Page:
Deadheads aren’t dead

Sage Stokes, Contributing Writer


One of the most iconic and electric bands of the late 20th century was the Grateful Dead. The band was formed in 1965 by founding members: Jerry Garcia, Bib Weir, Ron McKernan, Phil Lesh, and Bill Kreutzmann. The band stayed together until 1995 with the untimely passing of lead singer and guitarist, Jerry Garcia. Even with the band being “technically” inactive for over 20 years it is still considered to have one of the strongest and most enthusiastic musical fandoms of the last 50 years. The Grateful Dead’s ability to bring numerous elements of rock, folk, jazz, and so many other genres together in harmony created an absolutely core connected fandom that lives on past the spirit of the band.

The Grateful Dead has a long and adventurous run on the festival and normal tour scene for 30 years and become known as one of the most “hippy-centric” bands of all time. Their mixture of jazz, rock, and more were staples for the originality and out of the box personas that created the band. They never fit into just one box of genre and style but made their own unique and satisfying sound. Their fans, who are most commonly known as “dead heads” or simply the “deads” were slow at start but eventually rose to their peak and has only continued growing since then. Rolling Stone wrote about 1977 being their peak year. This year they sold out nearly every show on their American tour which could count up to hundreds of thousands of fans. Not to mention those who snuck in, saw them at festivals, or couldn’t afford to go. It was a lot harder to bootleg music and concerts in the 70’s and 80’s. The fandom, however, grew tremendously over the 30 years and over 2,500 shows of their touring and preforming due to fascinating style of music, the friendliness of the band members, and the fact that while fame got the better of them in some ways, the boys were always kept grounded as a member dying of some form of overdose would happen every so many years. At the time the logo of the 5 dancing bears was a solidarity symbol. It was an unspoken rule that having it meant you were a part of this family. To this day my grandfather and I keep our favorite bears on the cars we drive as a symbol for our love of the music and never-ending love for the people who brought it to us.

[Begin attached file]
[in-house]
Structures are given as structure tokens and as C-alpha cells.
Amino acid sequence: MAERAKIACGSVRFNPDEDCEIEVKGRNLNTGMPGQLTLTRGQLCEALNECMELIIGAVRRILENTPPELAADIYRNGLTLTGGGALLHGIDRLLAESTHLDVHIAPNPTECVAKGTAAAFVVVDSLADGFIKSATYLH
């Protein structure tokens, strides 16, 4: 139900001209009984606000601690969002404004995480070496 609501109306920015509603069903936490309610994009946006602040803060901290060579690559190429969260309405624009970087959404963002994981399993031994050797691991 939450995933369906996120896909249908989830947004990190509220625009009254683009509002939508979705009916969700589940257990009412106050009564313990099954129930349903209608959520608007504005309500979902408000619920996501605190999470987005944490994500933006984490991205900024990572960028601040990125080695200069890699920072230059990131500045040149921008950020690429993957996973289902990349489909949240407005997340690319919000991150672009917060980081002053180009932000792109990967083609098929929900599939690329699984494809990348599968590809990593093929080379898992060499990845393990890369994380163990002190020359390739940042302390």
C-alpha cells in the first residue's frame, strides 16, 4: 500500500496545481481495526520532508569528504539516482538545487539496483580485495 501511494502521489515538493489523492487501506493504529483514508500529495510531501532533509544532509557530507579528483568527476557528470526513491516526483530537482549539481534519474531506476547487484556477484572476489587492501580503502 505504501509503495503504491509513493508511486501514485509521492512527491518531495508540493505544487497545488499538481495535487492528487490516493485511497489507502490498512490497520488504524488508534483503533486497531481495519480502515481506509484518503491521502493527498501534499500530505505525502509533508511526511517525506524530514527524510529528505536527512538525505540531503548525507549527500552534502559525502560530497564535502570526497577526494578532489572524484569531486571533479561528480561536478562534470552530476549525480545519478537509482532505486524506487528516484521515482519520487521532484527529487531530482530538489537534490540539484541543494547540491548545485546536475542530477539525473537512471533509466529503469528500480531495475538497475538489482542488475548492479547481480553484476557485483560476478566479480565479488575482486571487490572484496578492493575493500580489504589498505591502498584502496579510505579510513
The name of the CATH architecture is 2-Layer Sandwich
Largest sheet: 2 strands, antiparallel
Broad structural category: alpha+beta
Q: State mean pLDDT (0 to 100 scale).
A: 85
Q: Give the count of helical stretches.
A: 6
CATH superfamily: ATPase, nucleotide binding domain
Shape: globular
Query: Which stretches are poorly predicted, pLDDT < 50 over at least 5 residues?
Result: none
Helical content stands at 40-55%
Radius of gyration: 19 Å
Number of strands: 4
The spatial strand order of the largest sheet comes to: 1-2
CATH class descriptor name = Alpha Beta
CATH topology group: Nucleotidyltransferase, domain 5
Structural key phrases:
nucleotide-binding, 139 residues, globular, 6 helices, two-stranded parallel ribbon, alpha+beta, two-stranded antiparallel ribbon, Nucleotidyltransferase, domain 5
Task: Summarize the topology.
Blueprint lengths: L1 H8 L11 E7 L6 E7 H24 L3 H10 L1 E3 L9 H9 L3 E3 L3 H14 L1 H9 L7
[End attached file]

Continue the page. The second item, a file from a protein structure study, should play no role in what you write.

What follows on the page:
The thing about musical fandoms like this one is that concerts are the most obvious form of conventions. However, in 1995 Jerry Garcia, the bands front man, died of an apparent heart attack. This ended the bands run. In 2015 the band made a revival tour of 5 shows in Chicago and Santa Clara titled “Fare Thee Well”. I was lucky enough to be able to attend the 2nd show in Santa Clara in 2015 with my grandfather. Without Jerry there was something off but having this band together to celebrate 50 years of music, comradery, and love was amazing to experience as a 17-year-old. I wasn’t even the youngest person there. The attendees ranged from elders to children and the friendships and laughter between them all was contagious.

Dead heads find so much joy and optimism in the music, but also a sense of family and friendship in the band itself. The band was and is an evolving mass of power and talent. To see the same band that my grandfather saw some 30 years ago was powerful and emotional. I think that a lot of other dead heads felt the same way at Fare Thee Well. The emotional tug of history and present-day molding together was inspiration and wild.